Tag Archives: cancer


On June 22nd, two members of the #WOMMeN project team presented at the Patients’ Clinicians Digital Interaction – Living with and beyond Breast Cancer conference held at The University of Salford.

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In this blog, Jo Taylor and Julie Stein Hodgins share their experiences.

Jo: I was invited to talk at a conference today at Salford University “Patients’ Clinicians Digital Interaction – Living With and Beyond Breast Cancer ” #beyondcancer15

My presentation considered this topic from the patient’s perspective.

It was an interesting day starting with an intro from the Chair Prof Ziv Amir who looks at committees/networks for rehab for people affected by cancer. Prof Shahid Ali talked next who is a GP and Prof of Digital Health involved in empowering patients and leading patient centred care using technology (Vitrucare) http://www.dynamichealthsystems.co.uk/vitrucare-supported-selfcare.  Very refreshing information from a professional that is showing how we can use digital health to manage our own health and show that it does save time and money from the NHS point of view.

I talked next about my web site www.abcdiagnosis and how I created it, how I interact with people using social media and living with secondary breast cancer.  I also discussed #BCCWW – Breast Cancer Chat Worldwide – and how 4 of us created this. I talked about what I was trying to do with creating a breast reconstruction app and various other connections and collaborations, as well as the mammogram project I’m involved in – #WOMMeN with Salford University.

Jo conference

Julie Stein Hodgins and Dr Leslie Robinson discussed about social media and the #WOMMeN project to create on line networks. Sarah Bodell and Angela Hook also talked about their app Occubuzz an occupational therapy app and how to use this for patients to help empower them to feel better, exercise and all around health benefits. Dr Stephen Hague talked about a new blood test they have produced to look at cancer diagnosis and genetics and how this is helping to change cancer diagnosis and treatment. Prof Diana Kloss (MBE) talked about patient confidentiality, consent and duty of care. Break out sessions discussed how we were all going to help make these things happen in the NHS.

Ther are big changes afoot with social media and getting professionals interacting with each other AND with patients.  Exciting times ahead but changes that many will not like but will have to do to keep up with how social media is working in personal lives and in the workplace.

Jo Taylor

http://www.abcdiagnosis.co.uk Contact Jo on Twitter @abcdiagnosis

Julie: Did you ever get that cool buzz when something has gone really well and you are taking something good away?

Today this happened to me. My colleague, from the University of Salford Leslie Robinson put a few slides together, in her own modest way, and asked me to deliver a presentation at a conference…Patients’ Clinicians Digital Interaction – Living with and beyond cancer. You can follow the tweets posted on #beyondcancer15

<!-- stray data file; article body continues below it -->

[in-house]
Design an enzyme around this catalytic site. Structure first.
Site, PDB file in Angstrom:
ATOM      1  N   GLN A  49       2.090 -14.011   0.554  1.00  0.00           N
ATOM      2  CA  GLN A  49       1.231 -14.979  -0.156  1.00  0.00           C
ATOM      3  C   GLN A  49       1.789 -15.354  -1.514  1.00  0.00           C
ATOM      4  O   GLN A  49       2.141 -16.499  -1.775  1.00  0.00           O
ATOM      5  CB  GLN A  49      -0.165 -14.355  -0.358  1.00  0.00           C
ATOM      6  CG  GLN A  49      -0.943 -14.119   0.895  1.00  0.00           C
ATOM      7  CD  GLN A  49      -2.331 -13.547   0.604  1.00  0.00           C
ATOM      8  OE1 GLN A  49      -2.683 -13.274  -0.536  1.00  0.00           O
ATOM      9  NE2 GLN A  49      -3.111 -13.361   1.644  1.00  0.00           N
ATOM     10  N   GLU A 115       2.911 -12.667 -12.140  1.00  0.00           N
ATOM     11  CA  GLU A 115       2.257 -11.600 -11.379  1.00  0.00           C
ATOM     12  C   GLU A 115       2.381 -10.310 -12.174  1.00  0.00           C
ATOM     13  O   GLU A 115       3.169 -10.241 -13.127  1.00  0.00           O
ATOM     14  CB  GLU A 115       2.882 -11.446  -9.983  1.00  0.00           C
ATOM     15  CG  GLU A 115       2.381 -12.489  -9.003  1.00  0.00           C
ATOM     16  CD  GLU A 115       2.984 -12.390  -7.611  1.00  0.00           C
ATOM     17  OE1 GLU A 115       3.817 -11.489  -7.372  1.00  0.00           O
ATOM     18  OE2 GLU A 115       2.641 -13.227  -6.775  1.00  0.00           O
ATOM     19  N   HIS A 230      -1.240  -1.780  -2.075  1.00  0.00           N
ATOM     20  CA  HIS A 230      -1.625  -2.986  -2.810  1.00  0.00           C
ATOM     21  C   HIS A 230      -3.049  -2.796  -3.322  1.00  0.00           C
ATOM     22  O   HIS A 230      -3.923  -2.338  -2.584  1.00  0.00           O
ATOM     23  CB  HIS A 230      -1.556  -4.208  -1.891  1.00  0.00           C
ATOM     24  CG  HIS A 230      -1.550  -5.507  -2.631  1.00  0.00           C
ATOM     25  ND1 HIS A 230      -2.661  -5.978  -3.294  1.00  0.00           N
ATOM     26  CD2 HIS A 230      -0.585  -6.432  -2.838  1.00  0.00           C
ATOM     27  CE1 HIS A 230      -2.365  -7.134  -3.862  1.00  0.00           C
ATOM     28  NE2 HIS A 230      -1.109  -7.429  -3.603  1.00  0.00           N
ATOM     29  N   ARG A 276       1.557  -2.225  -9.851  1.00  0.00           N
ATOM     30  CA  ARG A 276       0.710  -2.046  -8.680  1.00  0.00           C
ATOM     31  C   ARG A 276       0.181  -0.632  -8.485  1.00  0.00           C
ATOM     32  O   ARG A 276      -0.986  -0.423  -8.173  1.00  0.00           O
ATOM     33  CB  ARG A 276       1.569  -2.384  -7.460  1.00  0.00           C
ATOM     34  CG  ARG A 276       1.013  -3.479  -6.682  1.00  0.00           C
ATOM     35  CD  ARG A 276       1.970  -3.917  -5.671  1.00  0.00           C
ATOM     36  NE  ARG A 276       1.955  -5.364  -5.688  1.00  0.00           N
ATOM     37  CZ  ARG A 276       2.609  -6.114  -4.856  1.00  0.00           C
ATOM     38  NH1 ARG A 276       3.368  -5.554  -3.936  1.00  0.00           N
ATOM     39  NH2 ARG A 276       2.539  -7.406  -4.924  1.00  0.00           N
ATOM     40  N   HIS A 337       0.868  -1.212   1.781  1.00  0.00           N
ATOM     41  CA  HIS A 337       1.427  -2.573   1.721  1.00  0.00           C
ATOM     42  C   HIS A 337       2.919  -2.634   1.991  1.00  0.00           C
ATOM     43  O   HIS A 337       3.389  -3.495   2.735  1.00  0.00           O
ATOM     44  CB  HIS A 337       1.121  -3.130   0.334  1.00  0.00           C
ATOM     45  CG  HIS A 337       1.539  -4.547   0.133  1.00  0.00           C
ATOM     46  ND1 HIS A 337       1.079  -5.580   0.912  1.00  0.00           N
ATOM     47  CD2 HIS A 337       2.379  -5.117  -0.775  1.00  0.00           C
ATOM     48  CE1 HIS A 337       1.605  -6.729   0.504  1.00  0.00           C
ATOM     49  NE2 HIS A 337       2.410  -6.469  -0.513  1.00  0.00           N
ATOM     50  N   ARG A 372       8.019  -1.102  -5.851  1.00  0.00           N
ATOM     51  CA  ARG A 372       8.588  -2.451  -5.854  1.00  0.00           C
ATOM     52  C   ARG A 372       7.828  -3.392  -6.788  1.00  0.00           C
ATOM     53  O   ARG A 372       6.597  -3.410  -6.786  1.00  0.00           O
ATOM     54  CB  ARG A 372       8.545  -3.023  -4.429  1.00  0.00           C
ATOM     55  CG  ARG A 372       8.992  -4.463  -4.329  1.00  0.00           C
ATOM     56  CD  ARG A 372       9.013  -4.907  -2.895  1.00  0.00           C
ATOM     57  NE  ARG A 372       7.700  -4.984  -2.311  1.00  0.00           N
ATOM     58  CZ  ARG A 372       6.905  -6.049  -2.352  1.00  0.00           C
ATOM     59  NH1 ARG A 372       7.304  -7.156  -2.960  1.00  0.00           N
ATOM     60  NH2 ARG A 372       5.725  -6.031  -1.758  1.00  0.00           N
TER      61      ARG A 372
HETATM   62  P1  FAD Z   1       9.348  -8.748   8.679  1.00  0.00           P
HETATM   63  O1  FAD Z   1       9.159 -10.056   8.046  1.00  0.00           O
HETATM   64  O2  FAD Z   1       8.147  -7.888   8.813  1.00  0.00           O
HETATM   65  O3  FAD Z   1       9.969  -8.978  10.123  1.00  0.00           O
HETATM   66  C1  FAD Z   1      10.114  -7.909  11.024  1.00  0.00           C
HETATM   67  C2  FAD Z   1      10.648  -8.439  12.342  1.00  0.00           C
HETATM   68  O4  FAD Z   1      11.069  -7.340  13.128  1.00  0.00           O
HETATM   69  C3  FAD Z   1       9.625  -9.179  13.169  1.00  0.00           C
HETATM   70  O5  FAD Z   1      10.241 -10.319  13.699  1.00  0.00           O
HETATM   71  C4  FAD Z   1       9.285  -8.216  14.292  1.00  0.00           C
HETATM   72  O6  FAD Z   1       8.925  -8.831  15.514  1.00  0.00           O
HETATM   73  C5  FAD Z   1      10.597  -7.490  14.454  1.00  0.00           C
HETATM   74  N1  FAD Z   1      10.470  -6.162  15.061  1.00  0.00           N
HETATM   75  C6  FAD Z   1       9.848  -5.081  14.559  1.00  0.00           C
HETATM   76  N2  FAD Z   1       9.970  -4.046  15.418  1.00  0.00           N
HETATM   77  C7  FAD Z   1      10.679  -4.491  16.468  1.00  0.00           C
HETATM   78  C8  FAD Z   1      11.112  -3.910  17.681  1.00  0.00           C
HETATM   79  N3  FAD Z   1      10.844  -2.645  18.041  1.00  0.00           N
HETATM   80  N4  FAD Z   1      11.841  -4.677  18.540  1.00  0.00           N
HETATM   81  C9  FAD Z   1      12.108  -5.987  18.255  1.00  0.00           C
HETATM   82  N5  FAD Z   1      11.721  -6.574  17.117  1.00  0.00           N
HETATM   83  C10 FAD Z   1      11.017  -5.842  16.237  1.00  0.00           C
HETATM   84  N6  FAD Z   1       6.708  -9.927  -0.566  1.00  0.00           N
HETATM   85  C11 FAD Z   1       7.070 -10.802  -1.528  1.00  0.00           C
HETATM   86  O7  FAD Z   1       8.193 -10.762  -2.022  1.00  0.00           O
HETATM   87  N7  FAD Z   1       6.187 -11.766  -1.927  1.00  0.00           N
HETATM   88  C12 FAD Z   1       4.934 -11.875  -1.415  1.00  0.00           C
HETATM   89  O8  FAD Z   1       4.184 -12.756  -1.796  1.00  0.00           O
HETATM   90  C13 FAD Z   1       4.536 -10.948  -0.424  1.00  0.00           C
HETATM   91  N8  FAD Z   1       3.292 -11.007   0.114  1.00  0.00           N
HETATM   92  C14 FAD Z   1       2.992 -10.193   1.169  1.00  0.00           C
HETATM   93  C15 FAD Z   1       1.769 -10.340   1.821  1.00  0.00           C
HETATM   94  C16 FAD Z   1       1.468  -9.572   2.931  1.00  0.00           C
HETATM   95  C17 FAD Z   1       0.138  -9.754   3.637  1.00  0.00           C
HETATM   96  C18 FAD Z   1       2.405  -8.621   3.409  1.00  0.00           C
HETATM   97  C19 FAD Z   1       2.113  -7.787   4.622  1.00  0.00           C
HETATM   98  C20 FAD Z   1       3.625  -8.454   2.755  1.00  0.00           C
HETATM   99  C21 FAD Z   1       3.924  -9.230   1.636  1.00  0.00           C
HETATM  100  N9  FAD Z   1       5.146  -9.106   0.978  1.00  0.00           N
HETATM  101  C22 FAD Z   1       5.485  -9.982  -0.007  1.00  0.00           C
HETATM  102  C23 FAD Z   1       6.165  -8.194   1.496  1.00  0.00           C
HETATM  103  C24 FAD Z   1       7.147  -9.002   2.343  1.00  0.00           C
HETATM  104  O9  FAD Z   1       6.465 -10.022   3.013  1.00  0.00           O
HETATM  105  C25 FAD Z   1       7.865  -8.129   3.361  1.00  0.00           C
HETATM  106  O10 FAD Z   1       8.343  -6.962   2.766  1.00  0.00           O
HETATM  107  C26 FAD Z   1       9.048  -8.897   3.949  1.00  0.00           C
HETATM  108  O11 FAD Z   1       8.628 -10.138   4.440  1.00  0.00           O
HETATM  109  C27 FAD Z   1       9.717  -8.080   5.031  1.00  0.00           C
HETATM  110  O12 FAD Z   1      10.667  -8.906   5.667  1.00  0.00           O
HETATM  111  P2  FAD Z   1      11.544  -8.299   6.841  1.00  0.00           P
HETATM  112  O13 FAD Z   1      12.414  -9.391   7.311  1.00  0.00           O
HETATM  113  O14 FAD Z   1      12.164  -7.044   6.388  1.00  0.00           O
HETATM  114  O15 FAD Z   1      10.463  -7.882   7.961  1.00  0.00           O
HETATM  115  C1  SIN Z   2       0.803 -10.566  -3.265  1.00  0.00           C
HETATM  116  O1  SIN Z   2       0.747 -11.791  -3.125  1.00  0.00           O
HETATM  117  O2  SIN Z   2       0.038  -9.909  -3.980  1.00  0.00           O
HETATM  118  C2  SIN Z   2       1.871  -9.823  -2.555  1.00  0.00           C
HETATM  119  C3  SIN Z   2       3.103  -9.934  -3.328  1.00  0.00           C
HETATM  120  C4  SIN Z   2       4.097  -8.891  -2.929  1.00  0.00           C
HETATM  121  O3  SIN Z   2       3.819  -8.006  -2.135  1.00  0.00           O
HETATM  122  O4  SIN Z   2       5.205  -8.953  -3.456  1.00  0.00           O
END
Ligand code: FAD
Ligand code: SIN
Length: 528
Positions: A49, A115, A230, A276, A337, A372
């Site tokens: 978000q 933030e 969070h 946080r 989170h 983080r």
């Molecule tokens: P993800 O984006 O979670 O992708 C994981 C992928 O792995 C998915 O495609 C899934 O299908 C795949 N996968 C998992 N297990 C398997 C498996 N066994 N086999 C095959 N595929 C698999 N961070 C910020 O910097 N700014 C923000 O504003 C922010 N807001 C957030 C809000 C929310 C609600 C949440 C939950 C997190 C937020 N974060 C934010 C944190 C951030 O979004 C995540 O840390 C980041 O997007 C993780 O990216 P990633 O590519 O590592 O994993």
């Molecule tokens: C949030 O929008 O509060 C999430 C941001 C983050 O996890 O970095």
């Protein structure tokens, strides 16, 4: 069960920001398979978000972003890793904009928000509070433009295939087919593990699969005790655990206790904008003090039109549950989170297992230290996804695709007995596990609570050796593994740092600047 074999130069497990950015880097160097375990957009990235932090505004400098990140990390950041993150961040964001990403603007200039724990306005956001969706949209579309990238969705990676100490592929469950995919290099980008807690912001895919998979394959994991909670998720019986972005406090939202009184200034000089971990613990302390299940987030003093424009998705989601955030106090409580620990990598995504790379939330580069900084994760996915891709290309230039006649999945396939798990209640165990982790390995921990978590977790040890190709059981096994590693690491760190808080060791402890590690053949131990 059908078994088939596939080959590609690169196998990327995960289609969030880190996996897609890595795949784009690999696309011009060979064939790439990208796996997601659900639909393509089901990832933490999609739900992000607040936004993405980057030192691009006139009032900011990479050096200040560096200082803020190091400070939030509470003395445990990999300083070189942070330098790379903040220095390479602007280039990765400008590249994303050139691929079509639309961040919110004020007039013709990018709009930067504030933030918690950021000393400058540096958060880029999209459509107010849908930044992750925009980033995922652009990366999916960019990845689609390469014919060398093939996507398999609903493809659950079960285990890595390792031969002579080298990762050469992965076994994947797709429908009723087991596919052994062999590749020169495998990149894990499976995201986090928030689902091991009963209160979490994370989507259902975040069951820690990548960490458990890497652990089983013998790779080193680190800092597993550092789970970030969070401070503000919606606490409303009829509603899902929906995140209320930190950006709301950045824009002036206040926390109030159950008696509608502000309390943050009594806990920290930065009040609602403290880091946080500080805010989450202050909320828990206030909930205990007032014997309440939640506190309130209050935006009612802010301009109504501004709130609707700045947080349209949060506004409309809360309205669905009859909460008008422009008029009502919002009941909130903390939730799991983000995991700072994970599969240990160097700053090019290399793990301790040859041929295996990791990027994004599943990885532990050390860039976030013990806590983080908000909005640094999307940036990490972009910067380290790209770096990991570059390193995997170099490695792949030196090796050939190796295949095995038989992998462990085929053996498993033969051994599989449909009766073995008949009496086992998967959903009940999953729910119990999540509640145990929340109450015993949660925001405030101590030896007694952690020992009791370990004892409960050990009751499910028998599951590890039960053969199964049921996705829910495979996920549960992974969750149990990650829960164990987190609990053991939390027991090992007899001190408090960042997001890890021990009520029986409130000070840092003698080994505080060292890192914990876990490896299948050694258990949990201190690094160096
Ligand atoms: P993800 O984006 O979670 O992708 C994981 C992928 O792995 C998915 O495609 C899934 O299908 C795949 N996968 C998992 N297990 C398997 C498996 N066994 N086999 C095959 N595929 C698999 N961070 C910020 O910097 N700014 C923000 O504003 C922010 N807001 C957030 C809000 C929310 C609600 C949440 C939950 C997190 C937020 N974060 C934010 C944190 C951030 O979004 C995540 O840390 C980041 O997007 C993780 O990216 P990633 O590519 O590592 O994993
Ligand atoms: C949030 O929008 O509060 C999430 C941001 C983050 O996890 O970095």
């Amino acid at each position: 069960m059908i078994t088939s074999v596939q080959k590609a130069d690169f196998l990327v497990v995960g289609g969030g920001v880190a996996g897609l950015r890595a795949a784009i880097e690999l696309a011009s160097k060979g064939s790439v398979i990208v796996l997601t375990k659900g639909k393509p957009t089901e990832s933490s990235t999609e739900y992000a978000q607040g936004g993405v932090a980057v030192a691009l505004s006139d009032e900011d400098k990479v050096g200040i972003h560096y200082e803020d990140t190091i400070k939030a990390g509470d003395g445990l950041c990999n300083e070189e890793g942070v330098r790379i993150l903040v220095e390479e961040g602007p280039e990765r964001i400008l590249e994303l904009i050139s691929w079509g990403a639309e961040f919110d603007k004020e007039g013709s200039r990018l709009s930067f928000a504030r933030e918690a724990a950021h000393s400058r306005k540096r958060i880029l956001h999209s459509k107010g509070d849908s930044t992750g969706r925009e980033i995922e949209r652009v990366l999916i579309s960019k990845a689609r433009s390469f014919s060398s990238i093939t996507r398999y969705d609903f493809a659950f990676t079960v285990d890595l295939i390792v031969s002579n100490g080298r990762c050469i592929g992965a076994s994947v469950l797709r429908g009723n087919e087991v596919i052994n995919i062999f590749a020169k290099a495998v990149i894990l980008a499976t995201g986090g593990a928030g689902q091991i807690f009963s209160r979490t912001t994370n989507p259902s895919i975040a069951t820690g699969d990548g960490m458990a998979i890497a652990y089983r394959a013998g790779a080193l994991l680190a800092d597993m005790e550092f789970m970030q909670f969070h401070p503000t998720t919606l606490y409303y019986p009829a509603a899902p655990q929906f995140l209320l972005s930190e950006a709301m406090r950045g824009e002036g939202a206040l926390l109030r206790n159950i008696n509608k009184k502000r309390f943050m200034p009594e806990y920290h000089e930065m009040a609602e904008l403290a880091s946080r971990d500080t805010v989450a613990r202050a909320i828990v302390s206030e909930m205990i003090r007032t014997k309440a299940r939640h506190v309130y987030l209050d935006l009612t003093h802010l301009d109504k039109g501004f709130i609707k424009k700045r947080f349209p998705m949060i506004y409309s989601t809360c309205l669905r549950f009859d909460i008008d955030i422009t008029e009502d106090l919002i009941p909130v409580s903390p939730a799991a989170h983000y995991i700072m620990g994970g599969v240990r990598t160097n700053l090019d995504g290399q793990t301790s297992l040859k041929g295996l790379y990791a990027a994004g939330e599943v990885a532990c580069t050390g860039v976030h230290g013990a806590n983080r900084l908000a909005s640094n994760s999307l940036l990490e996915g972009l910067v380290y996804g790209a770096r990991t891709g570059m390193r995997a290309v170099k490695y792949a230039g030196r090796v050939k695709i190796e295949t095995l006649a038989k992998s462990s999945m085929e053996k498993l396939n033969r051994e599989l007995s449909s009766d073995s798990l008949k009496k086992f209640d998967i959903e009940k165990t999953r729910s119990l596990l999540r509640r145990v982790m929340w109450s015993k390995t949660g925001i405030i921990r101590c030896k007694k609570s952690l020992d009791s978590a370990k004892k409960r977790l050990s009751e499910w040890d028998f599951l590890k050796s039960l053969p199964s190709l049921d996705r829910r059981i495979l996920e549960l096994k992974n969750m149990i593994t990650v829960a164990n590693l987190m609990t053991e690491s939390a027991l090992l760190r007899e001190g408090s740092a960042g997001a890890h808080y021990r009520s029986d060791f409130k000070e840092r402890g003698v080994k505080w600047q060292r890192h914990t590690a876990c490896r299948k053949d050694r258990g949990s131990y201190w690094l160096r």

Heard a really brilliant GP from Bradford (Prof Shahid Ali) share how he is engaging with patients living with long term illnesses. They have a website/App (Vitrucare) that they can record their medical info which shows on a dashboard for the GP practise to monitor, thus any glitches and the patient can be invited for a review…30mins or 45mins long as required! They also respond via secure email to queries within 24 hours so that the patient does not ‘Google it’…i.e. look elsewhere for the information. How good is that?

I followed Jo who told us about her journey and how she created www.abcdiagnosis.co.uk. My presentation was titled, ‘Using Social Media to support patients’. Turns out most of us in the room had a ‘social media’ account. Some use the same name on social media as their HCPC registration. Nothing wrong with that, I behave professionally all the time.

Julie Some

There are many peer support groups for patient to patient and also health professional to health professional on social media platforms. Only one or two health professional to patient sites; Macmillan and our own #WoMMeN project. Some professions have already got Social Media (SoMe) guidelines. The Royal College of GPs encourage the use of SoMe in innovative ways to engage patients! Social Media includes web based platforms that are easy to share content with others. Facebook is just one example. Also think Linkedin, Google Circles, Netflix and Mashups!

There are challenges to using SoMe with patients or clients but that is where people are so we have to go there. Overarching principles for good practice in the SoMe space would be…the intent is good; the consequences have been considered; potential for harm has been mitigated and remember no site is truly private.If you wouldn’t say it, don’t write it!

I have come away feeling that the WoMMeN project definitely has a place and I believe an App is the way to go, sticking with the asymptomatic woman. But can an App allow 2 way conversation?

Julie Stein Hodgins

Contact Julie on Twitter @JulieRSH

Thanks to both Jo and Julie for presenting at conference but also for these contributions to the #WOMMeN blog.

I have never had any interaction about my own health with a health professional online or on social media.

Have you talked to your GP, consultant or another health professional online or via social media? 

How did it go? 

Do you think that this is ‘the way to go’?